How the market is pricing gas supply flex
The European gas market experienced one of the most savage swings in global commodity market history on Oct 5th 2021.
With the market spooked by a rapid decline in Russian gas flows via the Yamal route, Winter 2021 prices opened above 100 €/MWh, gapping higher from the previous close. Then in the space of two hours prices surged 60% to 160 €/MWh.
This price move was literally off the charts compared to TTFs entire historical price range since inception. European gas was trading at over 40 $/mmbtu, about 8 times the level of US gas prices.
Without going into detail on the players involved, there were massive margin calls and position liquidations that took place. It is a testament to the resilience of the European gas market that it took such huge volatility in its stride.
We summarised the factors driving European gas & power prices higher a couple of weeks ago and nothing structural has changed here. Today we focus on what is happening with the two key market price signals for gas supply flexibility: seasonal price spreads and spot price volatility.
Front year seasonal spreads plunge to record low
In Q1 2020, seasonal spreads hit their highest level in over a decade (almost €5/MWh). 18 months later the front year spread (Summer 22 vs Winter 22) is at a record low & pushing into negative territory (currently around -€0.5/MWh ) as shown via the red line in Chart 1.
Chart 1: TTF seasonal price spread evolution
The downward trend in Year + 1 spreads has had a very limited impact on Year + 2 spreads (Summer vs Winter 2023) spread which have remained around 1.5 €/MWh (green line in the chart).
The strange phenomenon of negative Year + 1 spreads reflects the acute tightness across the front of the TTF gas curve, which is acting to drag up Summer 2022 prices (particularly in April). The large premium in Winter 2021 prices is spilling into Q2 2022 as the market anticipates supply issues extending.
Storage levels are likely to be very low by the end of winter and there is significant Norwegian maintenance scheduled in Q2 2022 (with continuing backlog issues due to Covid). Gas demand remains strong and flexible LNG supply is being diverted to higher priced markets. It is likely to take significant incremental Russian gas via Nordstream 2 to cool the market.
Spot price volatility is surging
As front year spreads head south, TTF spot price volatility is exploding. The left hand panel of Chart 2 shows a significant surge in price volatility in % terms since the summer. But this needs to be considered against the backdrop of at least a ‘5 x’ increase in forward prices since earlier in the year.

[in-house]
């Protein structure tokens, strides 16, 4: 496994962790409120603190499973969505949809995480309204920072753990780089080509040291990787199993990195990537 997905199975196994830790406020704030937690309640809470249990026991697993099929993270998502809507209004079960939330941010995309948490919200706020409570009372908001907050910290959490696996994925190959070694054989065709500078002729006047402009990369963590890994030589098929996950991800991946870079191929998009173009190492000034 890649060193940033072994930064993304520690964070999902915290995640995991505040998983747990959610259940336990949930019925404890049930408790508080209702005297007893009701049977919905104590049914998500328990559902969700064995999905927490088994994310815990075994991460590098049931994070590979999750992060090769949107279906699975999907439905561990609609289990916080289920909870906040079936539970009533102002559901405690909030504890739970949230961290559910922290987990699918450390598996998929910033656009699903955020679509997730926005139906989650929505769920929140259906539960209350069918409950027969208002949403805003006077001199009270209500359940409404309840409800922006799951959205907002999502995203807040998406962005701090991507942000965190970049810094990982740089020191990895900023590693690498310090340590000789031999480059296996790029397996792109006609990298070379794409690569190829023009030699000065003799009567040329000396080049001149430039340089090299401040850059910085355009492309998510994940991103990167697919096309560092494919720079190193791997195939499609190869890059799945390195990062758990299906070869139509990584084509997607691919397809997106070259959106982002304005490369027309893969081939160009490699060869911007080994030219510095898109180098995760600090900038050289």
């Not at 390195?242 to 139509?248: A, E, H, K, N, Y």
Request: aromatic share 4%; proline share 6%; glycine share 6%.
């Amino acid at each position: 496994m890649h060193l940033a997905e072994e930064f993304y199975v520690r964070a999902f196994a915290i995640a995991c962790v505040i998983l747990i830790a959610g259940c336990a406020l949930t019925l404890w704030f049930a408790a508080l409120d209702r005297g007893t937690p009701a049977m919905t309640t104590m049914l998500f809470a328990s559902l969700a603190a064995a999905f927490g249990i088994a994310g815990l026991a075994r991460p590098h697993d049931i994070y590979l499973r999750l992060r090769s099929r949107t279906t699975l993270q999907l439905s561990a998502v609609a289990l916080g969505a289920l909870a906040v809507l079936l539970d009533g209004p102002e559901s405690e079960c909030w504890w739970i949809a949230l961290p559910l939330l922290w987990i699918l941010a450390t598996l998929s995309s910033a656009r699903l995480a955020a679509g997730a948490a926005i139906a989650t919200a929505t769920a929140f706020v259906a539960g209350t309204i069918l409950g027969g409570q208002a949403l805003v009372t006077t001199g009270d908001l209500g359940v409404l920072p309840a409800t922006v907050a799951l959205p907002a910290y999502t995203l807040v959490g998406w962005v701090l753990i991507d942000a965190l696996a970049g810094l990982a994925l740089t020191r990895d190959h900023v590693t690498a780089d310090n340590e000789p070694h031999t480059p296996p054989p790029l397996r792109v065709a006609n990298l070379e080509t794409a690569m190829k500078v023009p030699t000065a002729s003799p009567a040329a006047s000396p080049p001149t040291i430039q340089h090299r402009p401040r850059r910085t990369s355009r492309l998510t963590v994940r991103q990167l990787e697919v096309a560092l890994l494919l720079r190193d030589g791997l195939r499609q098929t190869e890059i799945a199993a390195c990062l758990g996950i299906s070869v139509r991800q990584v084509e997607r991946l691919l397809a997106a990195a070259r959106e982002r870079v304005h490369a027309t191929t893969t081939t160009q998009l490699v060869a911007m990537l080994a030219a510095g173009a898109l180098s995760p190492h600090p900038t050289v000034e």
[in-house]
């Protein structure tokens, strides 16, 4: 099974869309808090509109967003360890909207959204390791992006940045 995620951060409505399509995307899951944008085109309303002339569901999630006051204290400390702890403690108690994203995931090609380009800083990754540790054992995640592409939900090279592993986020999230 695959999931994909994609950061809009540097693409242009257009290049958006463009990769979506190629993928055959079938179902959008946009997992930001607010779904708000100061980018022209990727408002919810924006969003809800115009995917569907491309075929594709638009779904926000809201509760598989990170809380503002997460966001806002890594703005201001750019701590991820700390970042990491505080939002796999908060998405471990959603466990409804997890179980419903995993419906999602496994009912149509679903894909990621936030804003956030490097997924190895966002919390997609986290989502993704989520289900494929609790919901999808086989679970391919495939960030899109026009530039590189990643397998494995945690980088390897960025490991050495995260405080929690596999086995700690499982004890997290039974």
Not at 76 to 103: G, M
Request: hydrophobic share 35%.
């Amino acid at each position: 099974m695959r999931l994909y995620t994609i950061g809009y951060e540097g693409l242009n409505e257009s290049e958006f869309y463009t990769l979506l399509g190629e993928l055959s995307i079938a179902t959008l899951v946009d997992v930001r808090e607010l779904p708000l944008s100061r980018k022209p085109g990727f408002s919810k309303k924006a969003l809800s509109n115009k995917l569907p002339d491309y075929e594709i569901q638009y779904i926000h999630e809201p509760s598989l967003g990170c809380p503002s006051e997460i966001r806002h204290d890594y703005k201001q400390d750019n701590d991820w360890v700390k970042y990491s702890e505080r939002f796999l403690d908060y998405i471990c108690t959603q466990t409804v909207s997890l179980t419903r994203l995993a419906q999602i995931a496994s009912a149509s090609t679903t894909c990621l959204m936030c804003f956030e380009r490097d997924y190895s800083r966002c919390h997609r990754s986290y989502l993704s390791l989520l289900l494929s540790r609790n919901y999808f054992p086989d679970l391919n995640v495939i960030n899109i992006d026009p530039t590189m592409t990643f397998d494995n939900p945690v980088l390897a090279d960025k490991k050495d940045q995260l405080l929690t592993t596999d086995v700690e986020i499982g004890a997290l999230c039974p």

In other words a 100% price volatility level is acting on an underlying price that is five times higher. This is represented by the second panel of Chart 2 which shows the path of absolute price deviations.
Chart 2: Evolution of TTF spot price volatility % (left hand panel) & absolute price deviations (right hand panel)
The recent surge in volatility is the second for 2021, after the Asian LNG driven price spikes in January. The market may not be paying for seasonal flex in the front of the TTF curve, but it is certainly paying for short term deliverability flex.
What do market moves mean for gas storage capacity
Gas storage is playing a central role in the current market turmoil. For a combination of economic and strategic reasons, European storage capacity holders have been restocking inventories at a very slow pace, as shown in the left hand panel in Chart 3. This is particularly true of storage facilities used by Gazprom e.g. Rehden shown in the right hand panel which essentially remains empty after last winter.
Chart 3: Aggregate pan-European storage levels (left hand panel) & Rehden storage levels (right hand panel).
The intrinsic value of storage capacity has been a victim of a very flat TTF forward curve in 2021. But extrinsic value of capacity has surged with price volatility.
Fast cycle storage facilities are ideally placed to capture value from market volatility. Seasonal facilities may be slower to cycle but are relatively large in size and are also able to benefit from higher extrinsic value capture as volatility surges.
Storage traders can also capture value from price correlations breaking down in the front of the TTF curve, as the gas market is buffeted by bouts of volatility. This allows the harvesting of value via re-optimisation of hedge positions (e.g. via rolling intrinsic strategies).
The flat TTF curve shape and lack of seasonal price differentials is also challenging the capacity sales strategies of gas storage facility owners. For example selling capacity on a seasonal spread indexed basis allows the storage owner to retain value upside from spread recovery (vs locking in zero intrinsic value).
The rapidly changing European gas market dynamics are also pointing to a change in ownership of flexible midstream assets like gas storage facilities. As we set out in a recent article, traditional infrastructure investors and not typically best placed to handle rising decarbonisation risk and an increasing contribution of extrinsic value.
As midstream assets change hands, it will be very interesting to see how long term access to gas supply flexibility is priced. The events of 2021 are showing that Europe strongly depends on midstream supply flexibility (as well as upstream molecules).